How many people were stunned, STUNNED, by the partisan vitriol coming from the mouths of former broadcasters Walter Cronkite, Tom Brokaw, Ted Koppel, and Dan Rather following their careers?  All right, no one was stunned by Rather’s comments, but the other guys mentioned above appeared to be unbiased in their news reportage.

Some would say that these professionals were always non-partisan when they were on the air.  AH, but there’s the rub on the matter: On the air.  Conservative writers have often said that that which occurs behind the scenes of news studios is often as important, if not more, than what you see broadcasted.  Hearing the partisan vitriol that comes out of the mouths of these former broadcasters one cannot help but think that their passionate stances may have caused them to spike stories that were not helpful to their cause.

Those who defend, and applaud, such moves would tell you that those in the media and politics tend to gather a wealth of information in their chosen professions that makes them an interesting analyst for the other side of the aisle.  It’s a decent point, until you start to wonder about the associations and relationships that are developed along the way.  If those in the media developed a proper adversarial relationship with a George Stephanopoulosm, for example, would he really be welcomed with open arms at ABC?  If a James Carville genuinely believed that CNN gave Bill Clinton, and their administration, a hard time, would he really be willing to take a seat on their stage?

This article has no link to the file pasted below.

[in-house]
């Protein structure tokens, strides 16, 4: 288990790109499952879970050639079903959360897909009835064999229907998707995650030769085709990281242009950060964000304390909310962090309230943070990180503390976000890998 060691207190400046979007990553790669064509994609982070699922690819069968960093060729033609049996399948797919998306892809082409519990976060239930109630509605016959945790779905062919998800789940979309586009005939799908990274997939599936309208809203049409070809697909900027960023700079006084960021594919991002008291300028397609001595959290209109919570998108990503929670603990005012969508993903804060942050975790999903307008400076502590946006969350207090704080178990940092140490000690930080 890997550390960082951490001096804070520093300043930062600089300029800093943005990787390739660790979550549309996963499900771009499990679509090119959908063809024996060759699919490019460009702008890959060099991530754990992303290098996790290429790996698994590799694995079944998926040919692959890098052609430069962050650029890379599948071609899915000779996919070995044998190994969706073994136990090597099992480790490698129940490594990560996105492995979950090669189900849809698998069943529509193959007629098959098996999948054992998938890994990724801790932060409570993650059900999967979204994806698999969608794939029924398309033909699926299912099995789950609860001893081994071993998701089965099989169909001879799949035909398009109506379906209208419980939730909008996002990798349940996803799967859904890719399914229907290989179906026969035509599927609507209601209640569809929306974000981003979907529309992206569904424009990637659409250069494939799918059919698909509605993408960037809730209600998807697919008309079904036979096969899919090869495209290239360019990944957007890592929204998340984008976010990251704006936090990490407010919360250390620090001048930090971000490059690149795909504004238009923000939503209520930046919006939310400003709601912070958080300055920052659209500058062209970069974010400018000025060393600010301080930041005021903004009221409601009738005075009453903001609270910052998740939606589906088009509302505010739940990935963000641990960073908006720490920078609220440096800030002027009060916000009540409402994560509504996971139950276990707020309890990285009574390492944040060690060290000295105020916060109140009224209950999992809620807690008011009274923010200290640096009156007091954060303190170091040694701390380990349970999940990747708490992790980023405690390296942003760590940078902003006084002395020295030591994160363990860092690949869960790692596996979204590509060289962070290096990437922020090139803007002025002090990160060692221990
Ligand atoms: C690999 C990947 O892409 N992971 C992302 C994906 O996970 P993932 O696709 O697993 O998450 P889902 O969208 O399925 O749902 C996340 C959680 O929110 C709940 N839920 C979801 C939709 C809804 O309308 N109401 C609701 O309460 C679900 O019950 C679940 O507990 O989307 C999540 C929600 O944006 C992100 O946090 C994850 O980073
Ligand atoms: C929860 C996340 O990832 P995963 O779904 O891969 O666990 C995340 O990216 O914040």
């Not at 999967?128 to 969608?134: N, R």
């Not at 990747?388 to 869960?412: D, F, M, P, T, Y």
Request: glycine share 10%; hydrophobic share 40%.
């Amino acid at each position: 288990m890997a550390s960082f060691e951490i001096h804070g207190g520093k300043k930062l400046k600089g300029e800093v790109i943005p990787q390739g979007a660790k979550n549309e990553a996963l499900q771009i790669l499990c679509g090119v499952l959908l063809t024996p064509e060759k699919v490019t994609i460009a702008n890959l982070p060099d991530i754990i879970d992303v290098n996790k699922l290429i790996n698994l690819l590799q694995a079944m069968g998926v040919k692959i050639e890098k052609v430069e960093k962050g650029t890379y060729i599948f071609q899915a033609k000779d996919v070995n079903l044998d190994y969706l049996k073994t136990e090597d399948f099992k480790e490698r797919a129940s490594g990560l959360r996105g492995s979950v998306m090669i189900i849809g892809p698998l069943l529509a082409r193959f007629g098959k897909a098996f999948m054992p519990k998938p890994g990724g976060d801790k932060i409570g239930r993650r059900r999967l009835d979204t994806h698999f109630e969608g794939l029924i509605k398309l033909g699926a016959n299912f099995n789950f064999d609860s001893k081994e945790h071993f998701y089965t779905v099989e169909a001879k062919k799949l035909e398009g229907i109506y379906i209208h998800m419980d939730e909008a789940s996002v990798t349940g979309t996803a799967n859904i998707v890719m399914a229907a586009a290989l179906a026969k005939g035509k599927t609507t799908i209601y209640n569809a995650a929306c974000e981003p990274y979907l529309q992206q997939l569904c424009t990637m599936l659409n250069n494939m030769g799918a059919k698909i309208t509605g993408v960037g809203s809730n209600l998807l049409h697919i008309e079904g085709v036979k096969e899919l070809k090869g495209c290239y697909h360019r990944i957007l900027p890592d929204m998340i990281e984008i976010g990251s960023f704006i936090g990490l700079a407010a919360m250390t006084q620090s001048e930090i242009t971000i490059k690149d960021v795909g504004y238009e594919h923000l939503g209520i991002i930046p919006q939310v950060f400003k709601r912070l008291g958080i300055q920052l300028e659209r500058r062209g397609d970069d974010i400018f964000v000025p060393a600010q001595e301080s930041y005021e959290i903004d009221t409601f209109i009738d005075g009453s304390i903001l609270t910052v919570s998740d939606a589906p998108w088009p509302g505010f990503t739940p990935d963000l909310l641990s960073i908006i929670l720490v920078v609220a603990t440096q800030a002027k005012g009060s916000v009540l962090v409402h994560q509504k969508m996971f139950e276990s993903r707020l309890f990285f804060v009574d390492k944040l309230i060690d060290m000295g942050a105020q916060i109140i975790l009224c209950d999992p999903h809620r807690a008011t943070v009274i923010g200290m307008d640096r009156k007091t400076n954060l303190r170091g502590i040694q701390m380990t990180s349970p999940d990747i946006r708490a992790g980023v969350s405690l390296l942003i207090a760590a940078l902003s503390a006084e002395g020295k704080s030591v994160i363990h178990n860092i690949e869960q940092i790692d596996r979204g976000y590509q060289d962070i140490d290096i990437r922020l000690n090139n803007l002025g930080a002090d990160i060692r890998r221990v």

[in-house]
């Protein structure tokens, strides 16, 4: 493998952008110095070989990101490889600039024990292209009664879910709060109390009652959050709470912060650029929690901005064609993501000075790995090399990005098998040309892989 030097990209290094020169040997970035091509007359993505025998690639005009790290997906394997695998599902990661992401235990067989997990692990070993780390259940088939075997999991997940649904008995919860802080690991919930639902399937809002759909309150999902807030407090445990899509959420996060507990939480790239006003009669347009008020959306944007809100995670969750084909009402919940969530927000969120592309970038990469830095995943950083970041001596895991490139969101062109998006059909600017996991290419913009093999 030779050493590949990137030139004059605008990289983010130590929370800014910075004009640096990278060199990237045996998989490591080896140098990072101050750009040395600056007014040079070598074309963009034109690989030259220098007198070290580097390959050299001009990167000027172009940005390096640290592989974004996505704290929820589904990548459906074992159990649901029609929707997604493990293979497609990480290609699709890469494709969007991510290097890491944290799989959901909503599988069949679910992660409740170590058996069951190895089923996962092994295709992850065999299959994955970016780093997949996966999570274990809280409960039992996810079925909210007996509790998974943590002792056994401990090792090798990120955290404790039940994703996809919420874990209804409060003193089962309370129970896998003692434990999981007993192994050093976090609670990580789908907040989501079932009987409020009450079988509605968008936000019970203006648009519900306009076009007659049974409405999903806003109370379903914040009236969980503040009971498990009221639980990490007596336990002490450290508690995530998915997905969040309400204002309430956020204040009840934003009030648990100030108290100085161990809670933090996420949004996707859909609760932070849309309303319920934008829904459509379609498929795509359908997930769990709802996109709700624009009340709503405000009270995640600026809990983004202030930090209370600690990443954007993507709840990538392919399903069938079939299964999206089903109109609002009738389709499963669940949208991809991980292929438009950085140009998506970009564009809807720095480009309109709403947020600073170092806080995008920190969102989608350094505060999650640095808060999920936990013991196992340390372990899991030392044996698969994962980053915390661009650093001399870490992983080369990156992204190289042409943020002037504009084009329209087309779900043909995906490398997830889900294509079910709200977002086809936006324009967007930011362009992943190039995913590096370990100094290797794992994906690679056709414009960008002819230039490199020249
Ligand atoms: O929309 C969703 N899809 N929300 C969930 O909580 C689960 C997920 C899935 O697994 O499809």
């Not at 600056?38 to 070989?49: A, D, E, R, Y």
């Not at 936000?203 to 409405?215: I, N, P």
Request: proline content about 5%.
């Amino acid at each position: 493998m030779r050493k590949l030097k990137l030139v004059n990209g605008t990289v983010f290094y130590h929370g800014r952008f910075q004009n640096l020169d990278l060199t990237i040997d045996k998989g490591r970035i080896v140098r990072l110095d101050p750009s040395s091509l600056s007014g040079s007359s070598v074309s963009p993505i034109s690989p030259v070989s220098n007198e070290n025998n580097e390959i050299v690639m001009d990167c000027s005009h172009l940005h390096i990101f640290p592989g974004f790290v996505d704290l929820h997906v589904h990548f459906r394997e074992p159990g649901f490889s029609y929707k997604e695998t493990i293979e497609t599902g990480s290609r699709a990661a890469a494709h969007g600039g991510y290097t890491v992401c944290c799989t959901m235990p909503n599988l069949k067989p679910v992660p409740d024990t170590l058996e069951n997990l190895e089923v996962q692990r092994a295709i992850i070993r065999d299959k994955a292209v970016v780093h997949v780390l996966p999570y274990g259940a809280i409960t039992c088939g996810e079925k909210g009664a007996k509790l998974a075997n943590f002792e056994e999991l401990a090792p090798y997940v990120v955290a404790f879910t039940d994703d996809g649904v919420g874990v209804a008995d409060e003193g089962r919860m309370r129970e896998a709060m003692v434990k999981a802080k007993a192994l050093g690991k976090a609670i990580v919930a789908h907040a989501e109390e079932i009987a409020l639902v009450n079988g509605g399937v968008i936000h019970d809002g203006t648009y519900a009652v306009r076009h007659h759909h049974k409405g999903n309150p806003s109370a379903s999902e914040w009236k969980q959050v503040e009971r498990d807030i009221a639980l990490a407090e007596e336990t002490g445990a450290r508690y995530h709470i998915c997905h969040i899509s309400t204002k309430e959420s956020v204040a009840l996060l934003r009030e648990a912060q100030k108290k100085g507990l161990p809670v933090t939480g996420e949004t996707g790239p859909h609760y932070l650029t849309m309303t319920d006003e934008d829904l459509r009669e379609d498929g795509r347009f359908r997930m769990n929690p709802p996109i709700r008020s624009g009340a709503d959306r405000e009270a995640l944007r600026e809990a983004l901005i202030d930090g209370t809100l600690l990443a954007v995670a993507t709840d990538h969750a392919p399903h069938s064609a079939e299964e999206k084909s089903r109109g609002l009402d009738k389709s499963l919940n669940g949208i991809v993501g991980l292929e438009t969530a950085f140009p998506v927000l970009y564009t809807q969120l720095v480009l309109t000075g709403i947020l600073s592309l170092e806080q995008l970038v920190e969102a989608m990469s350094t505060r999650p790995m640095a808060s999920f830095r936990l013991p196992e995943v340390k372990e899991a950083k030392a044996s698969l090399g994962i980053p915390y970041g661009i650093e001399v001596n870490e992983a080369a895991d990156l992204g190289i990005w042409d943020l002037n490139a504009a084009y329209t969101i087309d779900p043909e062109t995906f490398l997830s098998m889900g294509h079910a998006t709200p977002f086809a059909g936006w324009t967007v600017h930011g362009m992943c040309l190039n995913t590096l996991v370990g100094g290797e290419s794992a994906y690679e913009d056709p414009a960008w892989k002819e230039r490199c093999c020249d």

Montesquieu called the media, “the forth pillar of Democracy.”  He said that “the media fulfilled the important role of shaping public opinion.”  He said, “In turn, public opinion is the ultimate check in the checks and balance system designed to ensure equal and balanced authorities between the three branches (pillars) of government, namely: Executive (apply the law), Legislative (write the law), Judicial (interpret the law). The media can be seen as an equally important pillar to this balance because its role is to ring the alarm bells in cases of abuse of power, corruption etc. A further way of keeping the system honest.”

With so many incestuous relationships now occurring between the four pillars of our Democracy, the question is how well are we doing at keeping the system honest?